The Courier News from Blytheville, Arkansas on September 28, 1949 · Page 3
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The Courier News from Blytheville, Arkansas · Page 3

Blytheville, Arkansas
Issue Date:
Wednesday, September 28, 1949
Page 3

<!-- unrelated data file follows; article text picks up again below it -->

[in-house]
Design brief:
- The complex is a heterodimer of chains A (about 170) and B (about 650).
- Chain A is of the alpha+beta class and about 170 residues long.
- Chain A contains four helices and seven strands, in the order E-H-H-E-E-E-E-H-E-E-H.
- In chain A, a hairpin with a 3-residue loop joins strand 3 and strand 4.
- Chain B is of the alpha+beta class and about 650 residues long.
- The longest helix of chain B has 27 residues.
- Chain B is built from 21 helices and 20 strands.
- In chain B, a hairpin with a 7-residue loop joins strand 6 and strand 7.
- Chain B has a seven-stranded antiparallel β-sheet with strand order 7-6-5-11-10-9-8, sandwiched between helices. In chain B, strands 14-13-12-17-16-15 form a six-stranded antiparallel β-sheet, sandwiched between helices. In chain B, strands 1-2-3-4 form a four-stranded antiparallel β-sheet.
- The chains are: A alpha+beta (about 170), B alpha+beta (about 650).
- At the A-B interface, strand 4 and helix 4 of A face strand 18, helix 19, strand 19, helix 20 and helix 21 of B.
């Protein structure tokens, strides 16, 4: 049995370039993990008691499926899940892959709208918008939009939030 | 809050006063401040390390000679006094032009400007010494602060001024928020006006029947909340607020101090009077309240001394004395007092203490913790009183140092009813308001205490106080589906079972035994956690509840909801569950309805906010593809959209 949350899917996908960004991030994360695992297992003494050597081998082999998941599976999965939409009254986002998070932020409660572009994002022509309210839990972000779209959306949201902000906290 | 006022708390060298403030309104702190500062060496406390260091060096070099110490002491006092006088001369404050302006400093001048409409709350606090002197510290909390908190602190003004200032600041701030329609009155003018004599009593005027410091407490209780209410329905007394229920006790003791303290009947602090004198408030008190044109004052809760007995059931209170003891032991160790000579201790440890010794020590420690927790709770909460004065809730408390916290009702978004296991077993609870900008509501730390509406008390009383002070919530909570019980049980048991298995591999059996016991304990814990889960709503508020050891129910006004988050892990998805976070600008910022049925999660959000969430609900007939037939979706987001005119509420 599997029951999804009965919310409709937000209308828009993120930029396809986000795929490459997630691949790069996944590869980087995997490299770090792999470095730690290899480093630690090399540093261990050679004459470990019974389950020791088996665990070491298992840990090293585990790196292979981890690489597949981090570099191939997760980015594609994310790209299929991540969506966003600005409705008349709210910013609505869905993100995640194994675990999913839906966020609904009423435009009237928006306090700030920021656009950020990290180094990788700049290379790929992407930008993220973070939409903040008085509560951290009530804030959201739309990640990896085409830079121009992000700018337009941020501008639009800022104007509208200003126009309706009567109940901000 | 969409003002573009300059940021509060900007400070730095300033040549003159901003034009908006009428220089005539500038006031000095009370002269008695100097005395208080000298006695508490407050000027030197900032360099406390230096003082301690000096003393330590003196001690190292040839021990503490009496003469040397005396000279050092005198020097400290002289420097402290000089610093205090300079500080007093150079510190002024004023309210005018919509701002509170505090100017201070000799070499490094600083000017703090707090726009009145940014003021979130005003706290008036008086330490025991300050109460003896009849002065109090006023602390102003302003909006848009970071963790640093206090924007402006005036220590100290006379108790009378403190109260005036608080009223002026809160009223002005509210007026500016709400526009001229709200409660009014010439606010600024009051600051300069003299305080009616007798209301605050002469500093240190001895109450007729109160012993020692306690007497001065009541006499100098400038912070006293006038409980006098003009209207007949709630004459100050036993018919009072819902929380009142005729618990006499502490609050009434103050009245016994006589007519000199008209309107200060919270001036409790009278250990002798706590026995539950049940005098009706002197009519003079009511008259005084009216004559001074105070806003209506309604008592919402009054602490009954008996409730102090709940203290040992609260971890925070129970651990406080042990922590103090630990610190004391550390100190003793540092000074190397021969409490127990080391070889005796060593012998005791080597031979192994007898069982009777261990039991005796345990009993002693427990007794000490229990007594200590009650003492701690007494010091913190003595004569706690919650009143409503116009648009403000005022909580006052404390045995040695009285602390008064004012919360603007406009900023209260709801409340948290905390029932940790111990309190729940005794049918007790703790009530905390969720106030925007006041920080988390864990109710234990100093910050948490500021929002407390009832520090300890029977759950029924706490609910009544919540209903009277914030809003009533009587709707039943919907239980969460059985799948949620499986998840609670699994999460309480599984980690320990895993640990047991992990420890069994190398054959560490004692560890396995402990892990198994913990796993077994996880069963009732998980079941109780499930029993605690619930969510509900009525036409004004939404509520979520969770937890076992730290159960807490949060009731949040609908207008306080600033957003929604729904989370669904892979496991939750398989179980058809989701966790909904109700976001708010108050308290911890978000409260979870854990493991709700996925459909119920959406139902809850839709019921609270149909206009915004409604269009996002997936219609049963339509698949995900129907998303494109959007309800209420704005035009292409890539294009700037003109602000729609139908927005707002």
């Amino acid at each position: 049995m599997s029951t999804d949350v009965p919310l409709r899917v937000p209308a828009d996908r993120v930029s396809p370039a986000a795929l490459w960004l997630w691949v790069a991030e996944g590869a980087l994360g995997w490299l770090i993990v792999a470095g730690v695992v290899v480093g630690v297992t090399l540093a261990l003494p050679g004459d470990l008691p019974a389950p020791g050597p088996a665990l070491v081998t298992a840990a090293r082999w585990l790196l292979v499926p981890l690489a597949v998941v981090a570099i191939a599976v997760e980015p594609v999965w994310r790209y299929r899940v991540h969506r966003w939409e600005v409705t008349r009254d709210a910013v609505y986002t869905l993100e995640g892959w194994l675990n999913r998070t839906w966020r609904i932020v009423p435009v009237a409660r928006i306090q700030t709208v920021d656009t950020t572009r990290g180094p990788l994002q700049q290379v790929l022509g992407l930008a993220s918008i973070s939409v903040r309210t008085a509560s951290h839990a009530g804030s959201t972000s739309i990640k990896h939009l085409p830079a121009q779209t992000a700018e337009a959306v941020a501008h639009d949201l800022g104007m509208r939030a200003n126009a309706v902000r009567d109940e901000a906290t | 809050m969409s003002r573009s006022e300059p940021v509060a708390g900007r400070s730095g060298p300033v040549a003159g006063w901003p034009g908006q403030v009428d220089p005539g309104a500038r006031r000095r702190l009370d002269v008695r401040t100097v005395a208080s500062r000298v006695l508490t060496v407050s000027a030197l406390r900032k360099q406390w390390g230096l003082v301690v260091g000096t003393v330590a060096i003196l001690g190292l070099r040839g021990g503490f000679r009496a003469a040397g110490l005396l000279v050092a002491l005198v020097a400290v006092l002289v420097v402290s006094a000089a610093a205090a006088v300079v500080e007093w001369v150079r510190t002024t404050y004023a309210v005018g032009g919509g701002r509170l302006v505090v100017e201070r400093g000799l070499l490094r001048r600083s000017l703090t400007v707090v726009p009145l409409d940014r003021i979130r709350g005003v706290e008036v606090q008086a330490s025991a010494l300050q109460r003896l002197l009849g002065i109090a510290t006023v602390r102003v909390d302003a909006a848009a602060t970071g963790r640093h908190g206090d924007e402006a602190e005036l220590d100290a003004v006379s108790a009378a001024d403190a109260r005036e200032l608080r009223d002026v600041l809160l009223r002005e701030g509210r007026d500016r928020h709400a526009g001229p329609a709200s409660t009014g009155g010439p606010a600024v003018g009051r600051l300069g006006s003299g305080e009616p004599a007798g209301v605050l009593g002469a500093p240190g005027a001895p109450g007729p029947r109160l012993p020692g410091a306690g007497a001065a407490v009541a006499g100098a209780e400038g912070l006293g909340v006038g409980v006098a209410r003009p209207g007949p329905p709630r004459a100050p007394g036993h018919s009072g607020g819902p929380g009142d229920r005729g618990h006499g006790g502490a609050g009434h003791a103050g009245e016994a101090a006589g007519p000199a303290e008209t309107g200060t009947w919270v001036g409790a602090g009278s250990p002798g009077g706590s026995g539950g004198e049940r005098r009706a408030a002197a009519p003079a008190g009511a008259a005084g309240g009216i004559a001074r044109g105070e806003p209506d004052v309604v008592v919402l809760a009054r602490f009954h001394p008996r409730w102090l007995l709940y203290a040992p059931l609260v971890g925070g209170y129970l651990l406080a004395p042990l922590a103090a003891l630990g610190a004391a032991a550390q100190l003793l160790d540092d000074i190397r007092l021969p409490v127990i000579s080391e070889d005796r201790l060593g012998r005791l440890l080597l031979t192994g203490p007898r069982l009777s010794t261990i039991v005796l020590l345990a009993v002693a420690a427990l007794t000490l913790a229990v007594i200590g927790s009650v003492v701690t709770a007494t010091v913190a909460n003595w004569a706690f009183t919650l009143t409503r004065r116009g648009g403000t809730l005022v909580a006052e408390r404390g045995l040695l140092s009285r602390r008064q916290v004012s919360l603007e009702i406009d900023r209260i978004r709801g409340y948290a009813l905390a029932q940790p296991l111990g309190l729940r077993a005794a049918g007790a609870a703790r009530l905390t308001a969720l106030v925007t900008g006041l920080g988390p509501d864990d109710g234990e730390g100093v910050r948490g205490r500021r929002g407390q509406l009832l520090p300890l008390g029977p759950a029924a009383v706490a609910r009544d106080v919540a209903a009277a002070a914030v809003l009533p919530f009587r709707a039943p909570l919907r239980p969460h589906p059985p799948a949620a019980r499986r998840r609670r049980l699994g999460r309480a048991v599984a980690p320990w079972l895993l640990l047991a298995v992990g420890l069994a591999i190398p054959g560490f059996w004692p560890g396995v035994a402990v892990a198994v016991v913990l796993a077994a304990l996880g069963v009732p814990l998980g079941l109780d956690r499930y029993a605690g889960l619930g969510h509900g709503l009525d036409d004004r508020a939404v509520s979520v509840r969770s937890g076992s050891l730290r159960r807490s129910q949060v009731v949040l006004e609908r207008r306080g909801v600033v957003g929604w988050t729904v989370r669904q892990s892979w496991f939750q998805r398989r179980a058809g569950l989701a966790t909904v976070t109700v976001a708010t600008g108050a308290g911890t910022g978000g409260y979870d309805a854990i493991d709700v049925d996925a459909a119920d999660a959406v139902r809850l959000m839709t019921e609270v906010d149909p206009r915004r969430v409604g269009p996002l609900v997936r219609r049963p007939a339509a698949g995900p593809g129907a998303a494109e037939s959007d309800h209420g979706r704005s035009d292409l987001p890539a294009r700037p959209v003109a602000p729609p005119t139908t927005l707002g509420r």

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WEDNESDAY, SEPTEMBER 28, 1949 School District Elections Show That Arkansans Are Taking More Interest in Education of Children BLYTHEV1LLE (ARK.)' COURIER NEWS By Carl Bell LITTLE ROCK, Sept. 28. CAP) — A (ar greater amount of money than ever before will be spent on the education of Arkansas children in the next two years. The increased spending svas ordered by what probably was a record number of voters in 423 school district elections yesterday. One hundred and eighty of (he districts whose unofficial—and In some cases Incomplete — returns were received by the Associated Press, voted to boast their rates of •operty taxes, from which school Revenues are derived. At least 14 rejected proposed millage Increases, while no change was Proposed In three districts and the vote on a proposed increase in one district resulted in a tie. If this trend stands up through the complete tabulation of the vote, 93 per cent of Arkansas' districts has estimated that yesterday's vote will hike their tax rates. The State Education Department would add $4,000.000 in tax revenue to school operating funds for the 1949-50 and 1950-51 fiscal years In addition to raising tax rates, niany districts voted to issue bonds —thereby borrowing money for school construction or refinancing. These bond issues wilt add more millions to the immediately available school money. But the money eventually will have to be paid back, and portions of the taxes to be levied on the basis of rates approved yesterday are committed to retirement of the bonds. As a result of the balloting the rate of taxes to be paid in 1950 will rang from 18 mills on each dollar of assessed property valuation In some districts — representing no change from the previous rate—to a high of 77 mills in the Parkin district .of Cross County. Change of Heart Most'of the new tax rates are between 22 and 30 mills. Districts ifc|>'hich 'rejected tax increases will ^continue their current' rate. .State Education Commissioner A. B. Bonds commented thai "it looks ' as if the people of Arkansas hare opened their hearts and pocket- j books to give their children the; kind of break they deserved." • j Governor McMalh had joined the i commissioner in urging approval of all proposed tax boost? and bond issues. The only organi2ed opposition to : the widespread efforts to obtain . more school money was offered by < the Arkansas Public Expenditures NEW SIGHT FROM A PIG'S EYE?-Dr. Mahmoud Loutfi, well- known Egyptian oculist, examines a section of a pig's eye which he removed before grafting it to the eye of his patient. The delicate ' operation was performed at a Cairo hospital, and results were not announced ^immediately. Will the Flapper of 1920's Stage Comeback in 7950's? By Dunitliy Ko« NEW YORK. Sept. 28—Wj— The flapper of the Terrible Twenties is due for a comeback in the Fabulous Fifties. - ' Newest indication is the return of the short evening dress, a favorite of the jazz age, now gaining general acceptance in the bebop era. Along with tile shingle bob, the shorter skirt and the "bunny hug" coat, it is a sign of the times. Although the short evening dress has appeared in fashion collections for .the last , four or five years, it has established itself as a major fashion In all price ranges and age groups just this season. Fashion authorities agree that we'll be seeing it this winter on main street as well as^Park Avenue. This nostalgic garment is shown in various phases, most extreme or which is the street-length chiffon sheath, embroidered in Thine- stones. The* walslcUne, however, has not yet dropped to the hips, and TOP HONORS-Joseph Scotti, who's spent eight of his i2 years in bed as a result of polio, is Uhe talk of Chicago these days after his organ-playing won top honors in the city's largest .amateur contest. Joseph learned to play the organ to exercise his paralyzed muscles. Now his music e.scels that of most of his unafllicted elders. the bustline is still allowed Its natural curves. An indication of the wifie accept mice of the trend comes from Rutl. Jacobs, fashion editor of "Women's Wear," who says: "There's no question about It- short evening dresses are at their peak of acceptance right now. Although they've been around for several years, we have noted that each year has seen' a more general acceptance throughout the country. At first this was a limited ! big-city fashion. Now short evening [ dresses are selling a t all 'price levels, i and to all age groups. They're even included now in the pattern books. You,might call it a.'sweeping' acceptance." Gossip Stirs InWakeofNew Mrs. Simpson LONDON, Sept. 28. W'j-Soclalites on both sides of the Atlantic gossiped today of tile announcement that a second American Mrs. Simpson would marry into the British roy.i) court circle. Tho marquess of Milford Haven handsome cousin of King George' V! and one of Britain's most eligible bachelors, announced his engagement yesterday to Mrs. Romalne Dahlgren Pierce Simpson, a New York Park Avenue divorcee. The marquess, 30, who now makes his living selling heaters, said the wedding would be in Washington. D.O.. probably In November. Mrs. Simpson, an attractive 26- year-old piano student, was divorced in 1048 after two years of marriage to Willinm A. Simpson, whoso father was once president of Marshall Field mid Co., Chicago department store. The name of Milford Haven's fiancee recalled the romance of Mr» Wnllis Warficld Simpson 13 ycara ago when King Edward VIII—now the Duke of Windsor—gave up his throne to marry her. The two Mrs Simpsons are not related. The ifarquess. whose full name is David Michael Moimtbalten. waj a frequent dancing' partner ol Princess Margaret Rose and Shar- maii Douglass, daughter o ( rj.g Ambassador Lewis W. Douglass. He was best man at the wedding of his cousin. Prince Philip, and Princess Elizabeth In 1S47. Tile future marchioness is the daughter of Mrs. Clark Me Ilwnlnc of Washington. Mrs. Simpson's father, scientist Vinton O. D. Pierce, died in a railroad accident In 1925] Manx cats have no tails. PAGE THREE Trouble in Highlands HIGHLANDS, N.J., Sept. 28. <fl')~ The fire department hook and ladder here has failed to respond to 11 alarm twice In the past three lonths, according to IJorough Councilman Herbert Hnrtsgrove. The reason? Somebody had stolen the entlic 30-gaHon giuullne supply of the truck in each case. Hartsgrove told a council meeting last night. Harlsgrove ndded that he doesn't ;ee how this stale of affairs came ibout—the firchousc is right next loor to the borough police headquarters. DITCH DIGGER HITS GAS MNK—The opcriitoi- of H ditch-digging machine was critically burned at Norwalk, Cnltf., when a fog-like spray Ignited after the bucket of the machine punctured a pipeline carrying casing-head gasoline under pressure. Two other men who were working under the machine e.icaprd without Injury. Bat. Chief 11. w. Ciulcli- field liight), directed two county cnyiiic companies and one rescue company. <AP Wiicpholo). Advice Goes Unheeded BALTIMORE. Sept. 28. (<T>)—"Go out the same door," advised 'Judge J. Howard ,M;.rray as he gave another chance to a young couple in his court yesterday with marilnl troubles. They dirt. They left the courtroom together. Ol'lslde, the husband left his v.'jfc and walked uv/uy with another girl. Council. That organization contejld- ed that tax increases would be '.double-barreled" in that after the rales were increased the property assessments also might be raised. Largest bond issues okayed by the voiers were: Little Rock sl.5CO.000; Hot {tarings £1.250.000: Texarkana $1,016.000: Fayetteville $821.000; Magnolia S600,j:0; North ' Little Rock $500.000: Blytheville $450,000; Alij»la $275,000: Jonesboro S23D.OOQ and Stuttgart $200,000. Proposals for increased milJnge hit toughest sledding in Conway County, In which three districts voted "no" and only one "yes." But on three districts, not a dissenting vote wa.s reported cast. Unanimous in raising their rates were these districts: Wilson in Mis" sissippi County, 18 to 30 mills and a 5150,000 bond issue; Wells Bayou in Lincoln County and Collins special No. 2 in Drew County. Tho tie vote resulted in the Cedarville district of Crawford County—99 for and 99 against a proposed boost. Increases in millage were made possible by amendment No. 40 to the stale constitution, adopted at the 1948 general election. The amendment removed the old 18-ralll limit. Also, the 1019 legislature authorized bond issues up to 15 per cent of assessed valuation. Previously the maximum was 10 per cent. As well as voting on tax rates and bonds, the electors yesterday chase district school directors. NOTICE In lh'« frobale Court for Iht CliickasR'wba District of Mississippi County, Arkansas. ! In the Matter of the Estate of NQ. 1939 Troy Joyce, deceased Lsst known address ot decedent: Leachville, Arkansas. Date of death: June 19, 1949. Tlie undersigned was appointed administrator of the estate of the above-named decedent on the 26th day of September, 1949. All persons having claims against the estate must exhibit them, duly verified, to the undersigned within six months from the dale of the first publication of this notice, or I they shall be forever barred and ; precluded from any benefit in the I estate. j Tliis notice first published 28th I day of September, 1949. O. M. Netson, Administrator Leachville, Arkansas Oscar Fendlpr, attorney. * 928-|10]5 See This Famous Painting "THE LORD'S LAST SO HERE ON BLYTHEYILLE'S MAIN STREET Thursday Friday and Saturd; A Masterful Reproduction 6 Feet High and 14 Feet Long ATTENTION f.ADIES *»Ve have for sale now: Darwin Tulips In 1 different colors Narcissus— Vclluw anil While Daffodils—King Alfred and Golden Harvest Galanlhlis Snow T>rous Scilla—Campnnulnla V^rocus Chionotio\a l.ticHiac Madonna Mly Hyacinths in different colors These are the cliohcst nl bulbs—importcil direct to us from "ollanil. ' Cn mc | n an[) milke vr>|lr sticcijnps now w hitc we have com- P'cl« slock. 4, I'AUI, BYRUJt Hardware & Seed IU h ' asl ' Majn S(r <*' Rlythcrllle. Ark»ns« DEFOLIATE .. by AIRPLANE I'crfccf coverage. Dcfolianl ^ available al comi>clilivc prices. SCRAPE AGRICULTURAL SERVICE 2 Miles vSnuth of HlyihevHIe ['hone 43S8 Blue Plate Special Found; Featured in Egyptian Bar CAflio —(/T'l— Found 111 Egypt- the free lunch which disappeared from Hie corner bur in GruiKhvi's dny. A. iBtal bar scru'.s with each beer: n nlate containing tuna fish, ronst beer and liver, two rolls; plates of olives, peanuts and cucumber squares; a heap of thin dry Arab biead, and a plate of tcheria, delicious oily grain sauce Arabs 'dip their bread into. Steaks arc extra. "Here we go 'round the mulberry tree" Ls correct. Mulberrle* don't grow on bushes. TAKE A LAXATIVE THAT HAS BEEN PROVED BY USE Says Voice, of Experienc« Constipation can upset you easily. Bui, Black-Draught, the friendly laxative with four generations, usually provides prompt and thorough relief— helps to stimulate sluggish Intestines, Black-Draught costs only a penny or leas a doso to help rellev* sucb symptoms fl3 headache, naueea, mill, lazy feeling or bad breath— when constipation is the cause. Buy Black-Draught at your favorltedrus: store. Do II today. XT'" :/••'(/.; '.'.. '•/; ',*W/"' : $WZi'"fW , ...•..*•*.. A j ( _», ,-<• >.,t*. 4 -$v,&< -< r foCTOBER IS OPPORTUNITY MONTH? DREIFUS • • YOUR OPPORTUNITY t : O OWN THE FINE To lielp (lie hostess sel'n perfect (able here Is the swing of the. century! Gorgeous new pattern by one of America's leading silversmiths at Ihls scnsatlon.ill; low iiricc. Complete service foe cfBhl ill a sturdy chest. CREDIT IS FREE 95 FREE OF CHARGE SPONSORED BY THE BLYTHKVlI.Mi ,1 UNI OH CHAiHBKR Of COAIMKHCE Youngsters an.l grown-ups like 10 ••„!<! ,h c ice hox" Inr »r. Pcpncr. It's a wholesome sn.ick tor all Ihe family, f'cpj you up jiffy quiet! Vou'll love , e ou ove this sparkling, delicious fruit- flavored drink, (id . Pepper fnr }0ar ice box. KEEP A CARTON OR CASE AT HOMEI